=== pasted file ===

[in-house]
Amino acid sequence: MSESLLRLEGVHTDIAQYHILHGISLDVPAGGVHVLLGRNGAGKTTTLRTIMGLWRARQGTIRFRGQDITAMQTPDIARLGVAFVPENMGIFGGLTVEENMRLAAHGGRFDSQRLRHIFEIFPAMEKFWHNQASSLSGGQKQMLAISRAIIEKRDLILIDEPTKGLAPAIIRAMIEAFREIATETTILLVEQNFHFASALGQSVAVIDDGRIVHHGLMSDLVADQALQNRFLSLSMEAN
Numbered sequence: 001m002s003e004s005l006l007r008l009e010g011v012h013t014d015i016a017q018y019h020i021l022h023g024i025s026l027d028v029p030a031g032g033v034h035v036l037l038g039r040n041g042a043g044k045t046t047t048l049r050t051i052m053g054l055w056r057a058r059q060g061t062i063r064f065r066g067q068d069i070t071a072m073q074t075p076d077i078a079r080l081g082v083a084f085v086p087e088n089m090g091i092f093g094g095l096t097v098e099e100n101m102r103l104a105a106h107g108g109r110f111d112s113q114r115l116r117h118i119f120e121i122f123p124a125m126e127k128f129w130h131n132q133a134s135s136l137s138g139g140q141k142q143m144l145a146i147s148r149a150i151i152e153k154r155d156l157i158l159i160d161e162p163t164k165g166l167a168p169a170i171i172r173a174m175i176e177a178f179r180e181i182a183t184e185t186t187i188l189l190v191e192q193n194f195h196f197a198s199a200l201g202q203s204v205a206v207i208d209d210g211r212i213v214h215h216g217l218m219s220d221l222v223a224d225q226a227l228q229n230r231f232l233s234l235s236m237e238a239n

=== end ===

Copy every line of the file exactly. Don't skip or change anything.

[in-house]
Amino acid sequence: MSESLLRLEGVHTDIAQYHILHGISLDVPAGGVHVLLGRNGAGKTTTLRTIMGLWRARQGTIRFRGQDITAMQTPDIARLGVAFVPENMGIFGGLTVEENMRLAAHGGRFDSQRLRHIFEIFPAMEKFWHNQASSLSGGQKQMLAISRAIIEKRDLILIDEPTKGLAPAIIRAMIEAFREIATETTILLVEQNFHFASALGQSVAVIDDGRIVHHGLMSDLVADQALQNRFLSLSMEAN
Numbered sequence: 001m002s003e004s005l006l007r008l009e010g011v012h013t014d015i016a017q018y019h020i021l022h023g024i025s026l027d028v029p030a031g032g033v034h035v036l037l038g039r040n041g042a043g044k045t046t047t048l049r050t051i052m053g054l055w056r057a058r059q060g061t062i063r064f065r066g067q068d069i070t071a072m073q074t075p076d077i078a079r080l081g082v083a084f085v086p087e088n089m090g091i092f093g094g095l096t097v098e099e100n101m102r103l104a105a106h107g108g109r110f111d112s113q114r115l116r117h118i119f120e121i122f123p124a125m126e127k128f129w130h131n132q133a134s135s136l137s138g139g140q141k142q143m144l145a146i147s148r149a150i151i152e153k154r155d156l157i158l159i160d161e162p163t164k165g166l167a168p169a170i171i172r173a174m175i176e177a178f179r180e181i182a183t184e185t186t187i188l189l190v191e192q193n194f195h196f197a198s199a200l201g202q203s204v205a206v207i208d209d210g211r212i213v214h215h216g217l218m219s220d221l222v223a224d225q226a227l228q229n230r231f232l233s234l235s236m237e238a239n